Zach Condon has been keeping us at arm’s length for some time now. He’s made no secret of being peculiarly methodical about cordoning off his influences album by album, filtering his compositions through whatever ethno-political tradition he’s been enamored with most recently; better yet, he’s found enormous cultural traction in it. Whether you admire his engaged musical tourism or find it suspicious – and for my money, the argument that he’s cheating anybody by doing what he does is an idiotic one – you’d be hard pressed to deny that he’s got a great hook, something worth talking about either way. But it gets craftier: Discussing his methodology and his intentions – his travels, such as they are – keeps us from asking more intimate, potentially disenchanting questions about what he brings us back as souvenirs. “What country will he do next?” is an easier question to ask, for him and for us, than “Is this good?” or “So when are he and Rufus Wainwright going to get it over with and converge into the same being?”
The Rip Tide, at least according to what preliminary buzz has come along thus far, has no particular hook. It’s got songs that sound otherworldly, or maybe just old-worldly, but it’s not tethered to any specific place or time. “East Harlem” is in New York, “Santa Fe” in New Mexico, “Payne’s Bay” in Barbados; “Goshen” is in Egypt, although more than half the states in the union have a township called Goshen. (The non-geographic songs are arguably more telling: “Vagabond”; “Port of Call.”) Condon’s narrator is as cagey as ever about anything that could be pegged as autobiographical. So does this mean we should succumb to the temptation to classify this as the closest we’ve yet been to his own inner landscape, to glimpsing the self he keeps under the serape or lederhosen or salwar kameez?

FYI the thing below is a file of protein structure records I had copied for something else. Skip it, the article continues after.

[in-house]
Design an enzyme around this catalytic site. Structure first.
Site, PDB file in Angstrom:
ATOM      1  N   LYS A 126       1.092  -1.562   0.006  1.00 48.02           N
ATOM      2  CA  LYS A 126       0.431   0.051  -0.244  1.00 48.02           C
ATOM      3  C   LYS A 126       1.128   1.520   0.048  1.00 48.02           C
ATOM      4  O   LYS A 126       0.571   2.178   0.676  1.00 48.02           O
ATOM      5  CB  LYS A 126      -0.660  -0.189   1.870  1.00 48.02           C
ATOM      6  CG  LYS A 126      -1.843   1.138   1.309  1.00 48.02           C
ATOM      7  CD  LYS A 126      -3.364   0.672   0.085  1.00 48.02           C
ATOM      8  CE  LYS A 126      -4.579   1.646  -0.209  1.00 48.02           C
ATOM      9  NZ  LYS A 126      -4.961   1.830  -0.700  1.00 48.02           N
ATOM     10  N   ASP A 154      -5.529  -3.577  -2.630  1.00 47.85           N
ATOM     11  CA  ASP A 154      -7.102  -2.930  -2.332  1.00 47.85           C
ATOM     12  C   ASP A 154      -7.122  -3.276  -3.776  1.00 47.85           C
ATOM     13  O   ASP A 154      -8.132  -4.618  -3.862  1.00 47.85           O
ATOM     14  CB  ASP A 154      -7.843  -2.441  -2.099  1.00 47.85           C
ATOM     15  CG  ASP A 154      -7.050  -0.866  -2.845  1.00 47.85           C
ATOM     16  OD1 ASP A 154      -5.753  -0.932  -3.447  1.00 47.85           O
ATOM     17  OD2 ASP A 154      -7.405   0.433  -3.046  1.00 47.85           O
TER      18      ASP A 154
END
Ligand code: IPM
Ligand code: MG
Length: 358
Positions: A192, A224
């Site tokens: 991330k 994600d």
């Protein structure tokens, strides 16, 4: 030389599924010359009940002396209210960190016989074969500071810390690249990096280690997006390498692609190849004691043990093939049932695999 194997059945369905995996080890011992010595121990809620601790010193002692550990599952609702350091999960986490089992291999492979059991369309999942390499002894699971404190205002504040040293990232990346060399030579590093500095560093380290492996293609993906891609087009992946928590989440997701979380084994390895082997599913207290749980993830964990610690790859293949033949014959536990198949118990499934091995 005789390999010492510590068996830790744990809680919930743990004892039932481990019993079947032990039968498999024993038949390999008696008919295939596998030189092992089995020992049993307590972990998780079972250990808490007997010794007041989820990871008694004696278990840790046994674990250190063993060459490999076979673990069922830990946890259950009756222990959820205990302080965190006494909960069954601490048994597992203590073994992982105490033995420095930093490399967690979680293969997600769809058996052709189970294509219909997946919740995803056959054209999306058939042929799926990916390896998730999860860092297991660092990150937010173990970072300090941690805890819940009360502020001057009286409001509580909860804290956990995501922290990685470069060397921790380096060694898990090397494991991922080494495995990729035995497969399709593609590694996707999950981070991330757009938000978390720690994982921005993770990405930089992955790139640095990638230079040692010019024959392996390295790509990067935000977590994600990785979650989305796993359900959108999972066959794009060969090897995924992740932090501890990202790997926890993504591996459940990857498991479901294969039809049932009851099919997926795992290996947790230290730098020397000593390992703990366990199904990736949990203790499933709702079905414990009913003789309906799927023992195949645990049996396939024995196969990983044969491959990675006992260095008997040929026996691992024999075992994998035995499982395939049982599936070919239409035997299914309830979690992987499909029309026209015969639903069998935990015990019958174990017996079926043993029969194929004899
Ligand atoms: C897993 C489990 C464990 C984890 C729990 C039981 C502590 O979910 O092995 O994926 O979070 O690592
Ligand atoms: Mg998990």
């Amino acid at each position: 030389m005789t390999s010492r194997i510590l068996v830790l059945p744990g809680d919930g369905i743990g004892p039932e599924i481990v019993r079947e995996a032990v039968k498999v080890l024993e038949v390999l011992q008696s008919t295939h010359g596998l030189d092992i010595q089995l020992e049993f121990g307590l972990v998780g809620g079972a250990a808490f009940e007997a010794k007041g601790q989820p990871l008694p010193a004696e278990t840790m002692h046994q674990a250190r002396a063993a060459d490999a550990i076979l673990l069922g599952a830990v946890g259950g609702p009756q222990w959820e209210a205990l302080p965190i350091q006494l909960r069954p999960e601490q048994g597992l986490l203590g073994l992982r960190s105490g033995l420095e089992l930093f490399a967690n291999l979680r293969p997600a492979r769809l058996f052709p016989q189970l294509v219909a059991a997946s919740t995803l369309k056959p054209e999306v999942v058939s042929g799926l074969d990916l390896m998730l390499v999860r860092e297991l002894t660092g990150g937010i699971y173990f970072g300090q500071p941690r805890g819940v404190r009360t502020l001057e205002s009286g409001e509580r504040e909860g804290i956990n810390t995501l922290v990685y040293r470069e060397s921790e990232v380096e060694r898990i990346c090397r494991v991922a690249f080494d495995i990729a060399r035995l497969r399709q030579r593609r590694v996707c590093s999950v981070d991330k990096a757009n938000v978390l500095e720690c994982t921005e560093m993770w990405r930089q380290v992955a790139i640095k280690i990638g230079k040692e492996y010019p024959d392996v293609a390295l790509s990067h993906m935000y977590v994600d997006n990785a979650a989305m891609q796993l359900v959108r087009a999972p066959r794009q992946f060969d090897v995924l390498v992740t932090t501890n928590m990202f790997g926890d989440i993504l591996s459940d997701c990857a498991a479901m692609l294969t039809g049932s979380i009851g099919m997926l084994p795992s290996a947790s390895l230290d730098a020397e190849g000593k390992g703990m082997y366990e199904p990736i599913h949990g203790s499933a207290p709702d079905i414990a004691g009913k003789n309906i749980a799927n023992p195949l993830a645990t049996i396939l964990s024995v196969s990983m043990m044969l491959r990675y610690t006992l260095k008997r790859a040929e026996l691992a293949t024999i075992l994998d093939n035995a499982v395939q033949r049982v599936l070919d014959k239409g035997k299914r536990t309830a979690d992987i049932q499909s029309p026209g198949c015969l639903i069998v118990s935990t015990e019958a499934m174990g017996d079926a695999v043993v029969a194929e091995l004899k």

We’re welcome to, says The Rip Tide, but it’ll be a disappointing glimpse. Not because it reveals Condon to be any less dignified or preternaturally wise than on past albums, or melodically irresistible in any lower proportion, but because it’s not the least bit instructive. It’s the same songwriter we’ve seen in snapshots from various foreign lands, this time in front of buildings that may as well be down the road: same Seine-side accordion we heard on The Flying Club Cup, same mournfully stately horns he picked up in the Balkans for Gulag Orkestar. That this album sounds like the best of all those sensibilities, with the least scene-setting filler yet, is admirable because it suggests that Condon might eventually shrug off the costumes and the ceremony and play to what he knows, not to what he’s just learned – we’re nearly there as it is. But let’s be careful what we wish for: The Rip Tide also says that that uncloaking is going to take a long time, maybe as long as there’s a Beirut, and that maybe the artifice is inseparable from the good stuff.